The Basel Committee on Banking Supervision and IOSCO have released “Margin requirements for non-centrally cleared derivatives,” the final rules on this topic. We cover the highlights including some important new information on rehypothecation.
The majority of this document is similar to the last consultation round that we covered in February 2013 (“BCBS and IOSCO clarify non-cleared derivatives margin rules and allow broader collateral eligibility – the cake is almost baked“).
Last February, and BCBS and IOSCO were negative on rehypothecation, noting that “Cash and non-cash collateral collected as initial margin should not be re-hypothecated, re-pledged or re-used.” This time they have backed off and will allow “one-time” rehypothecation of initial margin collateral. Variation margin can be rehypothecated with no apparent restrictions. Besides industry comments, the BCBS and IOSCO were moved by a quantitative impact study (QIS) that assessed the impacts of not allowing rehypothecation along with other variables such as the LCR and requirements for central clearing. Disallowing rehypothecation entirely would have overly damaged liquidity and further exacerbated capital requirements. Allowing rehypothecation makes better sense.
The rules have some interesting things to say about collateral segregation and bankruptcy risk. In effect, participants will be allowed to swap collateral on a gross, not net, basis, and that account segregation is now mandatory. Custodians must be very pleased about this. That said, banks can still rehypothecate the segregated collateral, which means that they will want to hold collateral in house. Clients can require their collateral to be held elsewhere but that may increase their trading costs.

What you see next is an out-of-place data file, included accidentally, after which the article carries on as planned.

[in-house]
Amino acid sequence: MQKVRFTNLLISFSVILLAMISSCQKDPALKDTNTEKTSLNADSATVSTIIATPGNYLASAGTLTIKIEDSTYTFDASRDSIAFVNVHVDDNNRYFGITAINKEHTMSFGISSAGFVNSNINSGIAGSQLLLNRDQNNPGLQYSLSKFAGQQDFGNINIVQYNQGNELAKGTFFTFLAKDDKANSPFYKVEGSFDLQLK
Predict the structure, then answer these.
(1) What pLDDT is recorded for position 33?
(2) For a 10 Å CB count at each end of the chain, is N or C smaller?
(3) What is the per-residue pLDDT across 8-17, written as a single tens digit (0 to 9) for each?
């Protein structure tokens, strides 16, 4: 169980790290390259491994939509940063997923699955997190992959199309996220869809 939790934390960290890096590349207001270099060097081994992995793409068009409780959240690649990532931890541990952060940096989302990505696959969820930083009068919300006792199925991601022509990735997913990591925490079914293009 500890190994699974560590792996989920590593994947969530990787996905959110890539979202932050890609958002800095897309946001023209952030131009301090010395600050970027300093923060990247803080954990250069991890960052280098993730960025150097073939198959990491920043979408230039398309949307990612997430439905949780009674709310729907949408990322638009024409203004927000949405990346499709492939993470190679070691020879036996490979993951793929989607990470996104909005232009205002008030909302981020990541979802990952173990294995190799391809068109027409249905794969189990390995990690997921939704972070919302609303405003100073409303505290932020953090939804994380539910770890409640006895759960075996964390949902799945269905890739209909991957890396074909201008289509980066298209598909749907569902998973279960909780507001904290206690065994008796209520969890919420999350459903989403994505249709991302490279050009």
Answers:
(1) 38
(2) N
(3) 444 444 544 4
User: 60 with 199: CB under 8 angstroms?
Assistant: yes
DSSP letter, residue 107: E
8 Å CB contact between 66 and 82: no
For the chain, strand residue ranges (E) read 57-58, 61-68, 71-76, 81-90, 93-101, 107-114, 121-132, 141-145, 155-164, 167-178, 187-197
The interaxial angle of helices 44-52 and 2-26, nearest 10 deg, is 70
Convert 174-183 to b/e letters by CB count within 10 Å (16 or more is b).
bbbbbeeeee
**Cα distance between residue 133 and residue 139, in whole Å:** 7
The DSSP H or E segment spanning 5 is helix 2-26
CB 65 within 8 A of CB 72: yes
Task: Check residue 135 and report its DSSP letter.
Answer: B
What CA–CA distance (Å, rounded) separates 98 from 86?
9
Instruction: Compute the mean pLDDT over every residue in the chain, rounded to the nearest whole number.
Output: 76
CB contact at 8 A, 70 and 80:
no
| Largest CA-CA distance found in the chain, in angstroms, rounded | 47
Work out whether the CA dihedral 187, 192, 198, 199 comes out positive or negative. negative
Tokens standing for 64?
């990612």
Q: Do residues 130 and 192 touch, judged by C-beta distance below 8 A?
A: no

There are some twists and turns here that collateral managers will need to read closely. One of the bigger ones in terms of complexity is that counterparties to a newly rehypothecated transaction will need to agree to not further rehypothecate the securities, and of course all of this has to be monitored. This looks like more employment for compliance teams, and the legal paperwork could get expensive too.
Other changes of note include:
– FX forwards and swaps are exempted for IM but participants need to exchange VM.
– Physical FX trades associated with cross-currency swaps are exempted from IM but not VM.
– The new rules will be phased in started in December 2015.
Some areas that have stayed the same are:
– A focus on CCPs and a trend towards discouraging non-cleared transactions in general. We compare this to the new FSB Shadow Banking doc on securities lending and repo that also wants regulators to explore CCPs.
– Corporate bond and equities have stayed on the list as eligible collateral for non-cleared OTC derivatives with “stringent” haircuts.
– Both the February 2013 document and the new release discuss a EUR50 million threshold under which collateral does not need to be swapped. There were some questions about this in February that are now resolved.
As a mildly amusing footnote, check out the standardized collateral haircut schedule in Annex 2, which is different than the FSB’s standardized haircut schedule (floor) for repo transactions (see page 27). Aren’t these the same people on these working groups?
The full BCBS/IOSCO document is available here.
For those interested in a summary of the technical details, theOTCSpace has a good write up here.